2) include one golden line: copy down one interesting/useful quotation from the text, and explain why it is interesting to you.

In an initial post of 250 words or more, please respond to the following questions about the reading (not the slide deck):
1) Include an example of human connection: The theme of our new unit of study is examining success through the Power of Human Connection. In your own words, provide one specific example of how “The Power of Human Connection” is presented in the reading.
2) Include one Golden Line: Copy down one interesting/useful quotation from the text, and explain why it is interesting to you. [Note: Your Golden Line (the quotation you select) should be 1-3 sentences.]
3) Include a one-paragraph response: Respond to the reading (connections to personal experience, things you found interesting or troubling, connections to other things you have studied, etc.) Note: This is not a summary of the reading. Instead, write an “I Say-driven” response about your own thoughts and reactions.

Format requirements

Purpose
The prompt (topic) for the example essay is a product that says something about its purchaser. Students should convince the reader that the product illustrates the purchaser. Select a familiar topic. For example, an expensive sports car says something different about the purchaser than a compact, fuel-efficient car.
Instructions
After choosing a topic for the example essay, follow the eight steps of the writing process, including prewriting, focusing, organizing, and outlining and drafting, revising, editing, and proofreading the essay before submitting it to the instructor for evaluation.
Format Requirements
Write 500–600 words, five paragraph minimum
Follow standard paper format requirements
Refer to the Write and MLA Style sections in The Little Seagull Handbook for guidance in writing and formatting your essay. When the essay is complete, submit it here according to the instructor’s directions.
Download a set of planning worksheets to use in developing the essayDownload planning worksheets to use in developing the essay. Complete and submit the worksheets as directed by the instructor.

What turned into a spontaneous idea quickly became a productive brainstorming session.

Read the Point – Counter Point on Page 533 of Chapter Fifteen in your textbook. Take a position and then debate your position on the Discussion Board. Provide references to the textbook, consult outside sources, and reply to a minimum of 2 of your classmates.
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Open-Air Offices Inspire Creativity and Enhance Productivity
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Point
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Eric Prum, cofounder of W&P Design in Brooklyn, New York, and the rest of his 12 coworkers share a single room on the fourth floor of an open-air, converted warehouse. Although it can occasionally be noisy, the layout has led to some very productive brainstorming sessions. In fact, their latest project, ¡Buenos Nachos!, was a direct result of the open-air office plan. The cofounders were discussing the idea for a hipster nacho cookbook in the office while the coworkers eavesdropped. What turned into a spontaneous idea quickly became a productive brainstorming session. From this open-air plan emerged a cookbook with over 75 recipes from famous chefs and celebrities, including Bill Hader, Andrew Zimmern, and Rachael Ray.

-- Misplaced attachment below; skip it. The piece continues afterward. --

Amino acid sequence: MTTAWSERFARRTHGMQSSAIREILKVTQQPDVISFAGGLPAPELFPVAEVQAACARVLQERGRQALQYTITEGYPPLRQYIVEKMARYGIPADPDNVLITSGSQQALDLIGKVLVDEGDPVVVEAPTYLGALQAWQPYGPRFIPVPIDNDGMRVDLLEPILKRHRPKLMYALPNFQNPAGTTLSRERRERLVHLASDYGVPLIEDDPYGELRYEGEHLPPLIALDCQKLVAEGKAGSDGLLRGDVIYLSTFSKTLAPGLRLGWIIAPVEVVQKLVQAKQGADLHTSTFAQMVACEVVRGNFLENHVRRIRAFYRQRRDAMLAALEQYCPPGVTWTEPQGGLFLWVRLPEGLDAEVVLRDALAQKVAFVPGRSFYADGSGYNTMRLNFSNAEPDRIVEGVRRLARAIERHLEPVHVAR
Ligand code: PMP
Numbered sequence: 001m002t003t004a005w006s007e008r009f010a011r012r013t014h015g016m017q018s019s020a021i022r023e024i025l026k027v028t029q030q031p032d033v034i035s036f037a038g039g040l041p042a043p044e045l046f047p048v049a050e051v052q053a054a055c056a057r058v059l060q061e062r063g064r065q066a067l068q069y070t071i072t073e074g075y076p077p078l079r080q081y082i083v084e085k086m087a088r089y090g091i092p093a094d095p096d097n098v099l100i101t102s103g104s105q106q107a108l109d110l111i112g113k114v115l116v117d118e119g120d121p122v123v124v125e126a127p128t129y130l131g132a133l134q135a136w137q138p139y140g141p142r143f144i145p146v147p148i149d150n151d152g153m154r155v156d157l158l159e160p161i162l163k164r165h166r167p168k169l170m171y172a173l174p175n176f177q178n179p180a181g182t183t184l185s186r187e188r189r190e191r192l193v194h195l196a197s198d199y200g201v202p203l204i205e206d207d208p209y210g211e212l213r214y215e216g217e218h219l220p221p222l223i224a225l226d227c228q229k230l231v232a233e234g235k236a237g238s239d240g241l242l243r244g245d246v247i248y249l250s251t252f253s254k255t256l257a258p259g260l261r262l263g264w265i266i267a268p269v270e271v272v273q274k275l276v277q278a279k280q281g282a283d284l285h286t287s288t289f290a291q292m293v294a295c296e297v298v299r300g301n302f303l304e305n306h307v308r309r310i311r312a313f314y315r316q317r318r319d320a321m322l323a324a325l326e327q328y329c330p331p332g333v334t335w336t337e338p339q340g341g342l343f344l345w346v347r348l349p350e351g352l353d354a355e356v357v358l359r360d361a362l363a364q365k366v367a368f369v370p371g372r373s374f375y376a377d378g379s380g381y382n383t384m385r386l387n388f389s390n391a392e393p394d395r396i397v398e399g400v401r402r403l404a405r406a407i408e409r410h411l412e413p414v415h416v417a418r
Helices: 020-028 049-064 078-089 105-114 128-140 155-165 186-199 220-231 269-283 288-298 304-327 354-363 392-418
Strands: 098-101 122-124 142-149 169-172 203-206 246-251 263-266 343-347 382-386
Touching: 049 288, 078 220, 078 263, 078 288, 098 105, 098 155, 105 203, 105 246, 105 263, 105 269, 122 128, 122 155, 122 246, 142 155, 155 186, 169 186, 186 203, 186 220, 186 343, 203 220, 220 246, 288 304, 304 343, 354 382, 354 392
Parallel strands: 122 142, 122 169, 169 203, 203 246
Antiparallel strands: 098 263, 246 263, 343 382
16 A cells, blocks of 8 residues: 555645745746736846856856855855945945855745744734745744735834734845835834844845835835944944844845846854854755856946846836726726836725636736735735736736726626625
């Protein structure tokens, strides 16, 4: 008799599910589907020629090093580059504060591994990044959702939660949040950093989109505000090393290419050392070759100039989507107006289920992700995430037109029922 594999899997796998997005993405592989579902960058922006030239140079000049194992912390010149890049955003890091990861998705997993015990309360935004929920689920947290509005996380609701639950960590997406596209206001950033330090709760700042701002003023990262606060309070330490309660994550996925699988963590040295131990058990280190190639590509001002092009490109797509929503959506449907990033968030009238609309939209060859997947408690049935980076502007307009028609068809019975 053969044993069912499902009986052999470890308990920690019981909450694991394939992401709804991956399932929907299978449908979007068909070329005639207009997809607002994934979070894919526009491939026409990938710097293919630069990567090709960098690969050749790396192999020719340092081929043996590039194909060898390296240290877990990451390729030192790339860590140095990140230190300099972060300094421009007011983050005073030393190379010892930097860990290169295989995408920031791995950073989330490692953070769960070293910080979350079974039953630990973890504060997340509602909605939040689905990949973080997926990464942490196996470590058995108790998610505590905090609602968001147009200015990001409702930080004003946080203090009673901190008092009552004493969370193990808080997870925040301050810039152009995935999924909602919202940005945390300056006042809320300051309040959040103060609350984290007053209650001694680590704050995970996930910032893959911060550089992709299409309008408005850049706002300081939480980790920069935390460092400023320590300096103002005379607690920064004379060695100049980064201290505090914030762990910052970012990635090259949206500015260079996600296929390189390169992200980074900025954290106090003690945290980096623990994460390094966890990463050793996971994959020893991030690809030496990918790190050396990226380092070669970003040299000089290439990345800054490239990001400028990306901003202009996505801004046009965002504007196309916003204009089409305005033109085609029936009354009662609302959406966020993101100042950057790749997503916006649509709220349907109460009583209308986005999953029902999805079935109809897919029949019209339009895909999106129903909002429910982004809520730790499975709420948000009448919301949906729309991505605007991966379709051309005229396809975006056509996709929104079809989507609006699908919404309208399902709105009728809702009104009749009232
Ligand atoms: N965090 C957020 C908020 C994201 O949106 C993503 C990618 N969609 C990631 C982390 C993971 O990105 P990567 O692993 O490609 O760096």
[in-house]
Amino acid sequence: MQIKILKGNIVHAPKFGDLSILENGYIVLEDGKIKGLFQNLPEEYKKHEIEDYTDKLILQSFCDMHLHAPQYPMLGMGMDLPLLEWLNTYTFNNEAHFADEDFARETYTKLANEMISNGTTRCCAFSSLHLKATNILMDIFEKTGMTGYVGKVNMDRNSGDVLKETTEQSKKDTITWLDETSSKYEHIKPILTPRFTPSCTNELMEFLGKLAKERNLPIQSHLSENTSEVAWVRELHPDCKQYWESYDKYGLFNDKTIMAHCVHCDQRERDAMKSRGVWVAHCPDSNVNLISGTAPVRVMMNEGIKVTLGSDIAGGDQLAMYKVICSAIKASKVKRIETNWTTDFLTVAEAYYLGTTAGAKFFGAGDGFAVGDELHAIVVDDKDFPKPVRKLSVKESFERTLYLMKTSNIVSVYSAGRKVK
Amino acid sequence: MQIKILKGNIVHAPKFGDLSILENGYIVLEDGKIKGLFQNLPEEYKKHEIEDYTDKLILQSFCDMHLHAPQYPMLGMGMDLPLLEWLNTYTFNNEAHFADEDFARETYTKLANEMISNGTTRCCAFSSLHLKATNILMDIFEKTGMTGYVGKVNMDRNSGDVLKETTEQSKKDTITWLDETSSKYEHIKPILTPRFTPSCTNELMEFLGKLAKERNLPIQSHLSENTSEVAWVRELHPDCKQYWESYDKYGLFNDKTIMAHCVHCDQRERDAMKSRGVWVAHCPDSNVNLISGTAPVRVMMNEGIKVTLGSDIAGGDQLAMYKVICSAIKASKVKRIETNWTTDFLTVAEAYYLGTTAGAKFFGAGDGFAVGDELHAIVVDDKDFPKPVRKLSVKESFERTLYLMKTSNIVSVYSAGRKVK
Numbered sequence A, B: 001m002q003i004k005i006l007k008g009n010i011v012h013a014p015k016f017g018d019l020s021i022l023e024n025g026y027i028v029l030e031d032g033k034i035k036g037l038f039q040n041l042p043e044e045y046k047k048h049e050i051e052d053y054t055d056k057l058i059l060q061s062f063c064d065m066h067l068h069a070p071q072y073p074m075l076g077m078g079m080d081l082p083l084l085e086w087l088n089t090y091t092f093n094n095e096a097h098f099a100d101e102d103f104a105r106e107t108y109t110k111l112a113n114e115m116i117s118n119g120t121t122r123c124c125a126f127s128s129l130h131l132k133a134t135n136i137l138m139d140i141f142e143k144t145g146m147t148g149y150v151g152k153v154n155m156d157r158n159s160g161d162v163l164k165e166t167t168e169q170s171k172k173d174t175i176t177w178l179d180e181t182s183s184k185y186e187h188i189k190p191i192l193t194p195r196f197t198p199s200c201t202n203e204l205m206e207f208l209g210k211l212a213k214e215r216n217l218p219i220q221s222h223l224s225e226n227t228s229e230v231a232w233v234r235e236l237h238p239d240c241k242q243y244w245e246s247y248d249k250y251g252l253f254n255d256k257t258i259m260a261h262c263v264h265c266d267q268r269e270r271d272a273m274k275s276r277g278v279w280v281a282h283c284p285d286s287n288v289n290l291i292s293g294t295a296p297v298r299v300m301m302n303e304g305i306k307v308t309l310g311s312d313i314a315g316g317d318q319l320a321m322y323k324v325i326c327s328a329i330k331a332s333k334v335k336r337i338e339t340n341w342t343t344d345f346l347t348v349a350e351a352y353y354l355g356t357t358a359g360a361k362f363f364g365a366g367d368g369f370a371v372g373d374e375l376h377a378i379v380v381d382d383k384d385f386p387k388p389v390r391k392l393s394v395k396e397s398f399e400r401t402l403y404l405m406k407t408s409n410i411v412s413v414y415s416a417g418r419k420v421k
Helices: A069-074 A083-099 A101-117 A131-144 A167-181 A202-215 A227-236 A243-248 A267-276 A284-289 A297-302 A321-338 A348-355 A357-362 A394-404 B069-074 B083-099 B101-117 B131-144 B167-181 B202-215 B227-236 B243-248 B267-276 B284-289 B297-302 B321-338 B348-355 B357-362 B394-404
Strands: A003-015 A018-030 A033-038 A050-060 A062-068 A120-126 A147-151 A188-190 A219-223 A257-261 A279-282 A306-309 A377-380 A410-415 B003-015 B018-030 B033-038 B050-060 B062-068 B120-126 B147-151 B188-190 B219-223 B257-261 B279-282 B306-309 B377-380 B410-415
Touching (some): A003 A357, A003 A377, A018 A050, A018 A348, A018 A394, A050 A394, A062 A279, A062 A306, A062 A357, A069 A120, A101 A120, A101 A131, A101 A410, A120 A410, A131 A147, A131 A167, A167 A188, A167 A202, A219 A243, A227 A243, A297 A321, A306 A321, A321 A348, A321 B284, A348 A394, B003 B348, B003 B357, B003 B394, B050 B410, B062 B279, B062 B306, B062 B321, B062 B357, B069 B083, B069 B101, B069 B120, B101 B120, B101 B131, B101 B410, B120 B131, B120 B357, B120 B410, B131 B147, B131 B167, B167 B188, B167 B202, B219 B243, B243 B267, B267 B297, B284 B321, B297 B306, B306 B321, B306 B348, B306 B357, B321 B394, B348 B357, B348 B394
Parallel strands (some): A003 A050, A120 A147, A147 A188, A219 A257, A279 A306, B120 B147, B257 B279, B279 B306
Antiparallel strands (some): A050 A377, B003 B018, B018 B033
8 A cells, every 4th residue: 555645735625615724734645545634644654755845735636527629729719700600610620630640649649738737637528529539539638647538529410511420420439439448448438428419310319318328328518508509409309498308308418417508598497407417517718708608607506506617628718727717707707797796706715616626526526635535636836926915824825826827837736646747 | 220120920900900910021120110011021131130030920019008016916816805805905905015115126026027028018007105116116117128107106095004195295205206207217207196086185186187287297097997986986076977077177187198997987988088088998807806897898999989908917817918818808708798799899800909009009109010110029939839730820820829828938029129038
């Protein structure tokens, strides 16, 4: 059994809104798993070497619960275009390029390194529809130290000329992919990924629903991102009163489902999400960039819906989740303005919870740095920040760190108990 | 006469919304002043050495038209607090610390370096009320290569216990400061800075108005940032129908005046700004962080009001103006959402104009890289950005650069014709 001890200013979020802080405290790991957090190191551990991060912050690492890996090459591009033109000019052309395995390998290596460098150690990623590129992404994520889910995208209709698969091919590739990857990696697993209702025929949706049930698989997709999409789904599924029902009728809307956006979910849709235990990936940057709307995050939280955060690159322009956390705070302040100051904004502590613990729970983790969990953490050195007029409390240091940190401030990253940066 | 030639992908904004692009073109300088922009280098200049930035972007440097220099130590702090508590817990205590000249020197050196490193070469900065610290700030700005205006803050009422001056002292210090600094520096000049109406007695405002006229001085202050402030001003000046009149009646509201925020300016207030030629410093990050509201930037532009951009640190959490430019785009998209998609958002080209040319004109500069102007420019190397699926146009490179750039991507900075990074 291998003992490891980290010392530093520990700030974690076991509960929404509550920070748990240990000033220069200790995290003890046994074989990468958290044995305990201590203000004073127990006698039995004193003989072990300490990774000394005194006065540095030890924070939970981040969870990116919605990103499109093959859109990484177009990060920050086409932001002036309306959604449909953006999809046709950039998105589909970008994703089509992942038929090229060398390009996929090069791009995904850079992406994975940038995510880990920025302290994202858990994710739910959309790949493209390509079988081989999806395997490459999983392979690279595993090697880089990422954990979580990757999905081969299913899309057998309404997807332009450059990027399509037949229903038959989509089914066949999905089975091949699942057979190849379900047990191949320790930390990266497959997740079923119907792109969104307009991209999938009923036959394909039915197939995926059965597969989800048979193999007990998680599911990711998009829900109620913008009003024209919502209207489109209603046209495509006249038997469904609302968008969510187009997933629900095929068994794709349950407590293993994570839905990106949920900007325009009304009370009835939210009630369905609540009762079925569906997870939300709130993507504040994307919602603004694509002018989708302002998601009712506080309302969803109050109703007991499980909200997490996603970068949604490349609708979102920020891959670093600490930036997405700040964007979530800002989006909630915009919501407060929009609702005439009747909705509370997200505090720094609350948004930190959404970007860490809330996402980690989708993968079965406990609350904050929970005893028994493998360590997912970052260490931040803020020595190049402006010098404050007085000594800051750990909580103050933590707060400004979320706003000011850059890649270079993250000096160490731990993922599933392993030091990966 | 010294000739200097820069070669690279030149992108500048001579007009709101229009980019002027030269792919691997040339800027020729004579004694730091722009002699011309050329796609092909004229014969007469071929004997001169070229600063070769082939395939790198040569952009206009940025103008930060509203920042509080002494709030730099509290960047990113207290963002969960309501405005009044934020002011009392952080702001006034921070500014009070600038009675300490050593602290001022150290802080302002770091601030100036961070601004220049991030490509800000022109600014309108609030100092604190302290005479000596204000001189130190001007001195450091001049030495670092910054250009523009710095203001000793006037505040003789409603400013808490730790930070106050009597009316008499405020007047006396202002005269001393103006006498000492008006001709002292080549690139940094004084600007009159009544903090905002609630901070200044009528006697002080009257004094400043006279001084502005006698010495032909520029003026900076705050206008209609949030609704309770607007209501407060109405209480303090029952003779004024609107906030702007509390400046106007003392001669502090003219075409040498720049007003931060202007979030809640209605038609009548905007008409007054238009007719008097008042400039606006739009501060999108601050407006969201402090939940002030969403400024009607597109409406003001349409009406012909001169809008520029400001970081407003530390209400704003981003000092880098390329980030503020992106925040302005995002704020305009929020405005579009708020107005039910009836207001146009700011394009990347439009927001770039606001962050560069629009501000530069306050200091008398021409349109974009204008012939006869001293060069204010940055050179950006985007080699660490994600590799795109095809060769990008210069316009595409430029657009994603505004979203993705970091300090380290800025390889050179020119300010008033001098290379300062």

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Aside from cost minimization, the logic of the open-air office is that it is meant to tear down the physical barriers between people in the workplace. The functional communication among employees is maximized when these barriers are removed. Starting with the organization’s functional goals in mind, an open-air workplace can be tailored so that it accomplishes these goals by setting aside certain areas or spaces so that they are well suited to accomplish specific functions (e.g., a meeting area, a reading area, etc.). For example, the New York branding firm Collins altered aspects of the environment to work around any limitations of an open-air office, including arranging the tables so that no person faces another employee. Overall, Collins found, in their own internal research, that the open-air office improves a sense of shared vision and mission, community, and creativity perceptions. Additional research also suggests that these open-air plans can reduce the amount of time spent in meetings.
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Counterpoint
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“Our new, modern Tribeca office was beautifully airy, and yet remarkably oppressive. Nothing was private. On the first day, I took my seat at the table assigned to our creative department, next to a nice woman who I suspect was an air horn in a former life. All day, there was constant shuffling, yelling, and laughing, along with loud music piped through a PA system.” The picture Lindsey Kaufman, a Brooklyn advertising professional, described highlights the strain and dissatisfaction employees in open-air office environments can experience, even when there are cubicles granting at least some privacy. The creator of the cubicle, Robert Probst, envisioned something very different in 1964: a freespace where employees could customize their workplace to accommodate their level of privacy, space needs, and flexibility, and to give them a sense of autonomy in an open office. This “action office” became mass-produced and limited in size, quality, and customizability, leading to what we would now call the modern-day cubicle.
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Studies on the open-air office and the confinement cubicles of modern offices paint a dismal picture of their effectiveness. One study reviewing hundreds of office environments found that, despite their cohesion benefits, open-air offices reduced workers’ attention spans, productivity, creative thinking, and satisfaction. One of the biggest factors responsible is the level of noise, which leads to decreased motivation and potential posture issues. The satisfaction levels related to noise, sound privacy, ease of interaction, among others, across 42,764 observations from over 300 office buildings were analyzed by researchers using the Post-Occupancy Evaluation (POE) database from the University of California at Berkeley. They found a clear disparity between satisfaction in open offices versus private offices, and drastically more satisfaction with the latter. And they found that ease of interaction (a goal of open-office plans) was no greater in open offices than in private offices.